fights for victims on his time - He's blocked the release of
over 15 rapists, murderers
Barbara Carmen, The Columbus Dispatch, December 27, 2007
"He's on his second law. He may be the only one out there who's done that. He is passionate and smart and a great advocate for victims of crime."
-U.S. Congressman Steve Stivers
As of May 2012 our organization has helped blocked the paroles
of over 60 violent criminals.
Bret Vinocur spends hours at the gym, has
a solid job, a self-deprecating sense of humor and a nice suit.
But he once
quipped that he has trouble getting a
second date. "Twenty minutes
into dinner with me, all the women are
in tears. They say, 'I can't handle what
you do.' "
By day, the 40-year-old Vinocur collects
money from insurance companies for Safelite
AutoGlass. At night, he works full time
as a volunteer advocate for crime victims.
He pores over autopsy photographs, prowls
through court records, interviews police
officers and compiles notebooks detailing
Then he takes a vacation day from work,
puts on his suit and goes off to fight
the Ohio Parole Board or lobby the General
In five years,
he has blocked the release of 15 rapists
and murderers, working free
on behalf of grieving families who are
at a loss to fight the system.**
By spring, the General Assembly is expected
to pass Vinocur 's second victims' rights
bill, sponsored by Sen. Steve Stivers.
"Of all the laws we pass, less than
1 percent have come from an ordinary citizen
who just wanted to make things better," said
Stivers, a Republican from Columbus.
on his second law. He may be the only
one out there who's done that.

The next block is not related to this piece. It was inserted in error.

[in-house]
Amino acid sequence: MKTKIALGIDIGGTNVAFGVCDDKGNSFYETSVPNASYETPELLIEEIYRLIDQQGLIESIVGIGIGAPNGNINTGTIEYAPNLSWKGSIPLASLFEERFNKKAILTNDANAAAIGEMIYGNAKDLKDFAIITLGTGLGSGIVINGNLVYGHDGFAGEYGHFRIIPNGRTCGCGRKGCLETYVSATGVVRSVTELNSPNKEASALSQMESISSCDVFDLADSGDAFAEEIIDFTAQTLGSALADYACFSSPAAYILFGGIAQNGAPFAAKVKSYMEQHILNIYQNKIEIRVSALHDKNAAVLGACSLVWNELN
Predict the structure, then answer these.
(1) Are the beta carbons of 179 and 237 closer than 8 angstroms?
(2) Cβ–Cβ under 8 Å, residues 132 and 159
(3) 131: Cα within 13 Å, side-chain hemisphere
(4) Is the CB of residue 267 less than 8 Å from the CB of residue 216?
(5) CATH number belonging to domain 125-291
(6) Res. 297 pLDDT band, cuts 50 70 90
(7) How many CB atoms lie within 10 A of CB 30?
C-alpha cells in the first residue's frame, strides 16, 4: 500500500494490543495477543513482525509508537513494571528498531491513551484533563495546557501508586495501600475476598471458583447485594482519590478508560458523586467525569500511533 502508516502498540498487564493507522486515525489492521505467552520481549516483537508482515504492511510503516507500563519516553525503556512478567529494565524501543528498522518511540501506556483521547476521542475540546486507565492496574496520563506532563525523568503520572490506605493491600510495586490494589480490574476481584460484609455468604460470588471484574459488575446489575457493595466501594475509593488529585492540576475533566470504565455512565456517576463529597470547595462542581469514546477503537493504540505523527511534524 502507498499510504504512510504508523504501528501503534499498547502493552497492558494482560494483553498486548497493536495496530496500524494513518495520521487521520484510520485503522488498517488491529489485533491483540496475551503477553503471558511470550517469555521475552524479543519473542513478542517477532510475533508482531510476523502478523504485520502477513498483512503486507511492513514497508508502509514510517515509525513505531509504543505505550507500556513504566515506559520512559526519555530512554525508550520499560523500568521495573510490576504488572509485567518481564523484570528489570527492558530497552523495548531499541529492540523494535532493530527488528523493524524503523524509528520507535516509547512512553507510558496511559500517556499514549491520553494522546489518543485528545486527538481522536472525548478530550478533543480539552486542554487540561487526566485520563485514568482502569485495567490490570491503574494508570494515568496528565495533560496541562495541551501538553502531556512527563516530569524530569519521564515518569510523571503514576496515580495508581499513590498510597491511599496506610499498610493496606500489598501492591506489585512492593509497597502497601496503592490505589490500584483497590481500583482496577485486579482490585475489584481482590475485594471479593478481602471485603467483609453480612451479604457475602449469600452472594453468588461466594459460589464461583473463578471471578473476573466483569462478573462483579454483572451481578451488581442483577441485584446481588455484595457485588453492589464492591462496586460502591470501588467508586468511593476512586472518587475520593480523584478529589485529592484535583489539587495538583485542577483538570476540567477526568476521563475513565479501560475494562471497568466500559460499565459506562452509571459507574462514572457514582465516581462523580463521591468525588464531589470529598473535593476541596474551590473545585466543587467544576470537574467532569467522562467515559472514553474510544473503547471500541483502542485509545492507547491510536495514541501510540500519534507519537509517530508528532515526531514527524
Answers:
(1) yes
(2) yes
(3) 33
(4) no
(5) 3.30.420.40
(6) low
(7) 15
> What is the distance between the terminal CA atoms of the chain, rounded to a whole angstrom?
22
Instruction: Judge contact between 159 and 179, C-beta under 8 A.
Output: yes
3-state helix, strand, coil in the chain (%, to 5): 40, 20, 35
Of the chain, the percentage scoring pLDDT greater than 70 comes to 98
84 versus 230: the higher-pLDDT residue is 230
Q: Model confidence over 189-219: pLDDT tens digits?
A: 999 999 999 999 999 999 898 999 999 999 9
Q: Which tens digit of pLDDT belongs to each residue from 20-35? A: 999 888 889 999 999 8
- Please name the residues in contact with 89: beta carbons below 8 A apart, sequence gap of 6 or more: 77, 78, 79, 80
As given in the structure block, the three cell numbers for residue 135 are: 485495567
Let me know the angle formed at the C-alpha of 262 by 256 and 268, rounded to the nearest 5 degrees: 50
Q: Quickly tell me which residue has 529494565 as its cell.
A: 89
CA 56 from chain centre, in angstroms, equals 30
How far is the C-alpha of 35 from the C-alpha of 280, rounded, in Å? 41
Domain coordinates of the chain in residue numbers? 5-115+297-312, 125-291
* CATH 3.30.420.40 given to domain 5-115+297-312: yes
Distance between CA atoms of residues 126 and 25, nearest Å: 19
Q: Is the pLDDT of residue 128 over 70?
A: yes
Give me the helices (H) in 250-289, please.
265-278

He is passionate and smart and a great
advocate for victims of crime."
Roberta's Law, named after a teenager
murdered on her way home from school, would
require the parole board to notify all
victims of violent crimes and their families
when the person who committed the crime
is to be released from prison. Roberta
Francis' father never got a call from the
state. It was Vinocur who helped him get
the murderer's parole revoked.
The new law also would require the board
to grant hearings to all families fighting
a parole. Depending on the crime, such
hearings are currently at the board's discretion.
Vinocur prepares for a parole hearing
as if it were a matter of life or death,
which, he said, it is for the next unsuspecting
"All day, I'm like Clark Kent sitting
in a cubicle," he said. "At night,
I memorize these cases.
only way to do it right -- the only way
to be able to effectively argue that
this person should never be let out --
is to get yourself into the head of the
victim until you can feel their fear and
you are at that crime scene with them."
He has lost
only one appeal on behalf of a victim's
family. It haunts him. "It's
pretty sad when the families tell you to
let it go," he said.
The idea for his Web site, FindMissingKids.com,
came to Vinocur five years ago, after several
girls across the country were kidnapped
and murdered. He started looking on the
Internet and was surprised that he couldn't
find much information on missing children.